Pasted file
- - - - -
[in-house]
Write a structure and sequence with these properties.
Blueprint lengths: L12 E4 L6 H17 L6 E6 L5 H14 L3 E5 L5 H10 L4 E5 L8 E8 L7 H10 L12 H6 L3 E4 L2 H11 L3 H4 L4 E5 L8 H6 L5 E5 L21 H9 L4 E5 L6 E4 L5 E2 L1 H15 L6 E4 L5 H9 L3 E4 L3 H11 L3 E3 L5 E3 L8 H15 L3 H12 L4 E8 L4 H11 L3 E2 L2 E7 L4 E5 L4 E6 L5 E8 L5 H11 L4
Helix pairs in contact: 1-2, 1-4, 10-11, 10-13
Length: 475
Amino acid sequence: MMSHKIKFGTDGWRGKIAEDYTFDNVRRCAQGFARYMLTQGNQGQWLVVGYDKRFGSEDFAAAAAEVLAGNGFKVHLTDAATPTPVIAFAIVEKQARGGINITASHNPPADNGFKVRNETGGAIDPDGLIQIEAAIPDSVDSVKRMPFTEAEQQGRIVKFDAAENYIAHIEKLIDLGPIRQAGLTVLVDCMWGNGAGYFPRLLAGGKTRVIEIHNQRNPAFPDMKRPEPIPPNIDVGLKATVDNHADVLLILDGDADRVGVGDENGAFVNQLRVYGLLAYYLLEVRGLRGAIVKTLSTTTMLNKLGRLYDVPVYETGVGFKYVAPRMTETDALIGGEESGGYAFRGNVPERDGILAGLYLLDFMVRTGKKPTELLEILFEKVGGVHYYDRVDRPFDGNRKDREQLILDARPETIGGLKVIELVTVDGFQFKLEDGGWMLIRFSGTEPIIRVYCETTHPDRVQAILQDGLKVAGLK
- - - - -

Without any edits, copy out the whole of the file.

[in-house]
Write a structure and sequence with these properties.
Blueprint lengths: L12 E4 L6 H17 L6 E6 L5 H14 L3 E5 L5 H10 L4 E5 L8 E8 L7 H10 L12 H6 L3 E4 L2 H11 L3 H4 L4 E5 L8 H6 L5 E5 L21 H9 L4 E5 L6 E4 L5 E2 L1 H15 L6 E4 L5 H9 L3 E4 L3 H11 L3 E3 L5 E3 L8 H15 L3 H12 L4 E8 L4 H11 L3 E2 L2 E7 L4 E5 L4 E6 L5 E8 L5 H11 L4
Helix pairs in contact: 1-2, 1-4, 10-11, 10-13
Length: 475
Amino acid sequence: MMSHKIKFGTDGWRGKIAEDYTFDNVRRCAQGFARYMLTQGNQGQWLVVGYDKRFGSEDFAAAAAEVLAGNGFKVHLTDAATPTPVIAFAIVEKQARGGINITASHNPPADNGFKVRNETGGAIDPDGLIQIEAAIPDSVDSVKRMPFTEAEQQGRIVKFDAAENYIAHIEKLIDLGPIRQAGLTVLVDCMWGNGAGYFPRLLAGGKTRVIEIHNQRNPAFPDMKRPEPIPPNIDVGLKATVDNHADVLLILDGDADRVGVGDENGAFVNQLRVYGLLAYYLLEVRGLRGAIVKTLSTTTMLNKLGRLYDVPVYETGVGFKYVAPRMTETDALIGGEESGGYAFRGNVPERDGILAGLYLLDFMVRTGKKPTELLEILFEKVGGVHYYDRVDRPFDGNRKDREQLILDARPETIGGLKVIELVTVDGFQFKLEDGGWMLIRFSGTEPIIRVYCETTHPDRVQAILQDGLKVAGLK